Lyme disease, and its potential treatment option – naltrexone!

What is Lyme disease?

Lyme disease is an infectious disease that is caused by the bacteria Borrelia burgdorferi. This bacteria is transferred to humans through a bite of an infected deer tick. The tick bears infection from feeding on deer, birds, and mice that are infected.

To transmit the infection, the tick has to remain on the skin for 36 hours at least. Numerous people having Lyme disease do not remember getting a tick bite.

People living in wooded areas recognized for transmission of Lyme disease are more vulnerable to this illness. People having domestic animals that graze in wooded areas are also at a higher risk of getting the disease.

Lyme disease stages

Lyme disease occurs in three stages:

● early localized

● early disseminated

● late disseminated

The manifestations that appear will depend on the stage of the disease. The progress of Lyme disease can differ from individual to individual. Some people might have it and not go through any symptoms in all three stages.

 Stage 1: Early localized disease

Symptoms of Lyme disease normally appear 1st two weeks following the tick bite. The bulls-eye rash is one of the earliest manifestations of the disease.

Usually, the rash appears at the location of the tick bite, as a red spot in the center encircled by a clear spot having a red area at the edge. It may feel warm when touched, but it doesn’t cause pain and itch. This rash slowly fades in most individuals.

The formal name for bulls-eye rash is erythema migrans. Erythema migrans is referred to as the main symptom of Lyme disease. But, most people don’t exhibit it. The occurs with or without flu-like or systemic viral symptoms.

Other symptoms usually observed in stage 1 of Lyme disease involve:

● chills

● fever

● enlarged lymph nodes

● sore throat

● vision changes

● fatigue

● muscle aches

● headaches

● Stage 2: Early disseminated Lyme disease

Early disseminated Lyme disease occurs after multiple weeks or months following the tick bite.

You’ll experience an overall feeling of being sick, and a rash might develop in areas different from the ones bitten by the tick.

This stage of Lyme disease is mainly characterized by confirmation of systemic infection, which indicates the infection has reached ]the whole body, including different organs.

Symptoms can involve:

● multiple erythema multiforme (EM) lesions

● disturbances in heart rhythm

● neurologic conditions

● cranial nerve palsies

● meningitis

The manifestations of stages 1 and 2 of Lyme disease can overlap.

● Stage 3: Late disseminated Lyme disease

Late disseminated Lyme disease occurs if the infection is left untreated in stages 1 and 2. This stage occurs in months to years following the tick bite.

This stage is defined by:

● arthritis affecting large joints

● brain disorders, like encephalopathy, which causes short-term memory loss, difficulty concentrating, mental fogginess, difficulties with understanding conversations, and sleep disorder

● numbness of the limbs

Lyme disease symptoms

People who get Lyme disease react differently to it, and their symptoms usually differ in severity.

Although the disease is generally divided into 3 stages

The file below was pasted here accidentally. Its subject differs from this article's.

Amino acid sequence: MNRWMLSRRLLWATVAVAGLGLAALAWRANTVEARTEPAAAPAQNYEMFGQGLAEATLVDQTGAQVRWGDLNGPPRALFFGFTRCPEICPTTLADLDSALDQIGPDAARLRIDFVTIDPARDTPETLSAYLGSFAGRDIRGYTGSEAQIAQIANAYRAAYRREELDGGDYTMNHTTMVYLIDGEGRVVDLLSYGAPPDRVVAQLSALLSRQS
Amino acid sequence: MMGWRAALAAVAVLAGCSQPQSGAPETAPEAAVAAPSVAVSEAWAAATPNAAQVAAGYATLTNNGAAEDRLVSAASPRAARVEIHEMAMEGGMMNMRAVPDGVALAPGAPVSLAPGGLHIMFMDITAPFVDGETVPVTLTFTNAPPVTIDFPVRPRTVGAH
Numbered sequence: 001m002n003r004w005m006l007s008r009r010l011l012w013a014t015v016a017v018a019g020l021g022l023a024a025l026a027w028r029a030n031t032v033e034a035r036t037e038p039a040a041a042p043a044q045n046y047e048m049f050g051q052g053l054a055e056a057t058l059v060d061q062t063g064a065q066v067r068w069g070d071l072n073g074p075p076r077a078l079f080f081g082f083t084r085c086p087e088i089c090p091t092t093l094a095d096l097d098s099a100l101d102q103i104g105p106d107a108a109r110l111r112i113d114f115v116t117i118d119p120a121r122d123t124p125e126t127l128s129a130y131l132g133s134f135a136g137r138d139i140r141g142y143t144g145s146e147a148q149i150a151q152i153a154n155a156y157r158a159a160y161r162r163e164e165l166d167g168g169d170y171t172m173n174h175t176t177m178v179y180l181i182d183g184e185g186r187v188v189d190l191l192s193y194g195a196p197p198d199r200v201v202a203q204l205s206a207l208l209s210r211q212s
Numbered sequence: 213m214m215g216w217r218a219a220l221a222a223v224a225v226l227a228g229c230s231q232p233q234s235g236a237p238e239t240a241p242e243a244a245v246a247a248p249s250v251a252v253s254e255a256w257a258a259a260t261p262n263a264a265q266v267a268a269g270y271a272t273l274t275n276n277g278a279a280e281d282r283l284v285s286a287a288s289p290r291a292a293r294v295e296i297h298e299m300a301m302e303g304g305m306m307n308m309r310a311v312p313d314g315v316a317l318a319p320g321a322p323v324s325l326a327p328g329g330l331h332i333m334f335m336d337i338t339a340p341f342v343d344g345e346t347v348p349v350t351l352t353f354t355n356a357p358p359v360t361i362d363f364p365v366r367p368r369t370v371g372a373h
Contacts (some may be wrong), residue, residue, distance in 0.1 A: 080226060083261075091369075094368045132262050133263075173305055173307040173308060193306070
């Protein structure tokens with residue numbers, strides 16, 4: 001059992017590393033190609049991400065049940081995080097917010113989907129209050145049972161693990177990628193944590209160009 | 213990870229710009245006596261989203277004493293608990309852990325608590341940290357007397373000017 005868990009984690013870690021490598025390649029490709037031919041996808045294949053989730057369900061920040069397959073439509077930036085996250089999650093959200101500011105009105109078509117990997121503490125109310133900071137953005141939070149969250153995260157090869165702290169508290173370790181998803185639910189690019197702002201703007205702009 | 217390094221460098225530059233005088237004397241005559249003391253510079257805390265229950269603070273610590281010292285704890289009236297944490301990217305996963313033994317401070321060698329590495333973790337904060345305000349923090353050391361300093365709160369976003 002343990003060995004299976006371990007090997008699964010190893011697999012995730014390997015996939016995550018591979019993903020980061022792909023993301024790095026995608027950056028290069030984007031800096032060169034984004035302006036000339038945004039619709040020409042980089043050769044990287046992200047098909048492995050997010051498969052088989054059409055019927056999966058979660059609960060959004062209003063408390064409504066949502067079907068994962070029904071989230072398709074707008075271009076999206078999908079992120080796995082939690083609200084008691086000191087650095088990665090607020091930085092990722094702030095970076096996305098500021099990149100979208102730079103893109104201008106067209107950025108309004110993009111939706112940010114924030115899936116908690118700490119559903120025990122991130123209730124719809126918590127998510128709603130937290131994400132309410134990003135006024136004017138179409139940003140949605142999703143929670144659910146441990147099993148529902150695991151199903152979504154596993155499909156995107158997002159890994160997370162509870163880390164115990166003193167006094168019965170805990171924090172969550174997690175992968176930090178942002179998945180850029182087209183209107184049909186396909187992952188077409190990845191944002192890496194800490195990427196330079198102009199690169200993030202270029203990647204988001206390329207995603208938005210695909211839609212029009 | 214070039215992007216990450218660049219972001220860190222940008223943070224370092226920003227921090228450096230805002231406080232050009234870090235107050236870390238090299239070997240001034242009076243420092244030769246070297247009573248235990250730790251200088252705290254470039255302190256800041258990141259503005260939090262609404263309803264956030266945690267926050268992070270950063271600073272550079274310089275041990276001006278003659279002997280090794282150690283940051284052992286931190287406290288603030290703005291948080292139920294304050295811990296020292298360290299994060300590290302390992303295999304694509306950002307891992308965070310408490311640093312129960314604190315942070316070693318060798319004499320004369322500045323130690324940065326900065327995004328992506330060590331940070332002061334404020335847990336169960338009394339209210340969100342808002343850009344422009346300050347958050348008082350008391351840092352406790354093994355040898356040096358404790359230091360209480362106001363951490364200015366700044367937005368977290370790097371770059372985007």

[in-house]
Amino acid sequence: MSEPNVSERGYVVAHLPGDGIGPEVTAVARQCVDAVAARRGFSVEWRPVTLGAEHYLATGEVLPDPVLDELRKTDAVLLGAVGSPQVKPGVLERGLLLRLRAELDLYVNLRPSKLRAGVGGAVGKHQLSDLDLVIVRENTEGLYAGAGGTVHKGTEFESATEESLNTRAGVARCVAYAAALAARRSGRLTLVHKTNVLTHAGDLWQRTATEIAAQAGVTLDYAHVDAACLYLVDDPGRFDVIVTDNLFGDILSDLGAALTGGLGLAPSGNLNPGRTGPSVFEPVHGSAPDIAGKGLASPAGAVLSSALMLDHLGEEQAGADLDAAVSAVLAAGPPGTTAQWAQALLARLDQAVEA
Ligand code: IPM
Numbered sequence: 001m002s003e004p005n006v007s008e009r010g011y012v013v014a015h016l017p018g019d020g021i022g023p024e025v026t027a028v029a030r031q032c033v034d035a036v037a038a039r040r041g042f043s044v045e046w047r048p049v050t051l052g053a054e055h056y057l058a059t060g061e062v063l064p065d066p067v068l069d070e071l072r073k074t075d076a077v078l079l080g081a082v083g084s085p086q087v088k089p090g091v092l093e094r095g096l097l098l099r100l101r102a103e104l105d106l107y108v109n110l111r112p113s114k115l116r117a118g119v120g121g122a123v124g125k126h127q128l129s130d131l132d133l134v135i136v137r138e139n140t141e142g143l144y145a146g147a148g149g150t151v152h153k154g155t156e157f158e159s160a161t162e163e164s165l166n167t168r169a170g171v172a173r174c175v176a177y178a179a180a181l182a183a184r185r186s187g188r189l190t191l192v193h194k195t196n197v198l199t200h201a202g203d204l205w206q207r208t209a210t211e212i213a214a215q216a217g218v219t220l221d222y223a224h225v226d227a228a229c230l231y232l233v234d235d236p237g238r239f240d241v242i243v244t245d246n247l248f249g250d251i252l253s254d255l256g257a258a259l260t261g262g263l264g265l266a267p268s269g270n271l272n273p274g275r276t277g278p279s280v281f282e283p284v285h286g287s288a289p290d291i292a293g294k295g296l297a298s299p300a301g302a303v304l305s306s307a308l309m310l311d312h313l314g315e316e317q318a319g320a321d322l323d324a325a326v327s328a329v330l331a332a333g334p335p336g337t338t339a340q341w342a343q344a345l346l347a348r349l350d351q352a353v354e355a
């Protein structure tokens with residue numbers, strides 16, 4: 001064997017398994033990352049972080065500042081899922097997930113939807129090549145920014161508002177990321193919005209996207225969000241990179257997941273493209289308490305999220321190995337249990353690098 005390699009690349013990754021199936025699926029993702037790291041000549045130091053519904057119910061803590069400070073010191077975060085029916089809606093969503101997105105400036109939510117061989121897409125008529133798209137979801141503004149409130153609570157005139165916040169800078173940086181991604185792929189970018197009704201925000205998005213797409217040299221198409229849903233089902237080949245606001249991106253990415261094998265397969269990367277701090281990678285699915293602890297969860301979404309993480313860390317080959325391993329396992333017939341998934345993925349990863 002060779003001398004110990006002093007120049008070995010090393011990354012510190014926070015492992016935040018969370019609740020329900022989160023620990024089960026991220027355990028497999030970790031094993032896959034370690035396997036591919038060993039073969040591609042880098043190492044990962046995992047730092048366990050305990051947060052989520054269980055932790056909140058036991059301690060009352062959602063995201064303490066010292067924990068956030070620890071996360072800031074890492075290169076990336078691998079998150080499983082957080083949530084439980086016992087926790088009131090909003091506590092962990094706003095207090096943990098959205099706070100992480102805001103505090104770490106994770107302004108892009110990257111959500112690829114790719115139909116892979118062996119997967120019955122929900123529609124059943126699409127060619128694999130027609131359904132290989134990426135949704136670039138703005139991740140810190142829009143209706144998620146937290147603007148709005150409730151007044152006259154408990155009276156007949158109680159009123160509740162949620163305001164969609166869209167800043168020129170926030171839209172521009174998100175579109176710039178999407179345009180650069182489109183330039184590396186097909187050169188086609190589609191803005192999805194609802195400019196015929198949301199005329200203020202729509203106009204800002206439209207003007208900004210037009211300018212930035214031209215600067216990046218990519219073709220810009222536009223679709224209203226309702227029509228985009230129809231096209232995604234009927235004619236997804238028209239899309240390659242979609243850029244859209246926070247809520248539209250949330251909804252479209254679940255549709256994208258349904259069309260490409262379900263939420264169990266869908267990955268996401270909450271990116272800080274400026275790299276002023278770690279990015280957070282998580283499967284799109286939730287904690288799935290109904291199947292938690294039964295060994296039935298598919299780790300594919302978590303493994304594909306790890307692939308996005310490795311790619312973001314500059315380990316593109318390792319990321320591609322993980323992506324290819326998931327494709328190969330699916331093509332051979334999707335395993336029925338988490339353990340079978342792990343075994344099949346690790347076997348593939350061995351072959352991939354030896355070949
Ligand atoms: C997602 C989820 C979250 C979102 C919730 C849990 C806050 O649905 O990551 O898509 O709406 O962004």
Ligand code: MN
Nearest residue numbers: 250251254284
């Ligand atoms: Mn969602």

● early localized

● early disseminated

● late disseminated

Symptoms of these stages can overlap. Some individuals might present symptoms in a later stage of Lyme disease without experiencing those of an earlier stage.

Following are some of the symptoms that commonly occur in Lyme disease:

● a flat, round rash that appears like a bull’s-eye and red oval anywhere on the body

● fatigue

● muscle aches

● joint pain and swelling

● headache

● fever

● sleep disturbances

● swollen lymph nodes

● difficulty concentrating

Communicate with your doctor immediately in case you observe any of these symptoms.

Lyme disease symptoms in children

Children usually experience Lyme disease symptoms that are identical to adults.

Which usually include:

● fatigue

● fever

● joint and muscle pain

● other flu-like symptoms

These manifestations might appear soon after the transmission of infection, or they can months or even years.

Your kid might have the disease but not the bulls-eye rash. As confirmed by an early study, outcomes revealed that roughly 89% of children exhibited the rash.

Low Dose Naltrexone (LDN) for Lyme Disease

Naltrexoneis a medicine, which was discovered in 1963 to inhibit opioid receptors. In 1984 naltrexonegot approved by the FDA for the treatment of alcohol and opiate dependence. At a 50-100mg dose, it obstructs opiate receptors and blocks the euphoric feeling of alcohol or narcotic drug misuse.

Low dose naltrexone (LDN) has been utilized in various conditions linked with dysregulation of the immune system since the 1980s. Doctors who have specialized in chronic Lyme disease found out that low-dose naltrexone (LDN) is efficient at enhancing the immune response related to Lyme disease.

Low dose naltrexone (LDN) is extremely helpful in Lyme disease. This cost-friendly drug can:

● improve pain,

● reduce autoimmune ailment induced by Lyme,

● decrease cytokine inflammation, and

● make the immune system better in function.

There are 3 processes by which low-dose naltrexone helps with pain in Lyme disease.

● One way LDN might ease the pain is by making the increased endorphins attach to a vaster number of more sensitive endorphin receptors. In simple words, an individual’s natural narcotics start working fine.

● LDN reduces cytokine inflammation,

● Low dose naltrexone inhibits Toll-like receptors to improve pain generated by nerves, which comprises fibromyalgia kind of pain.

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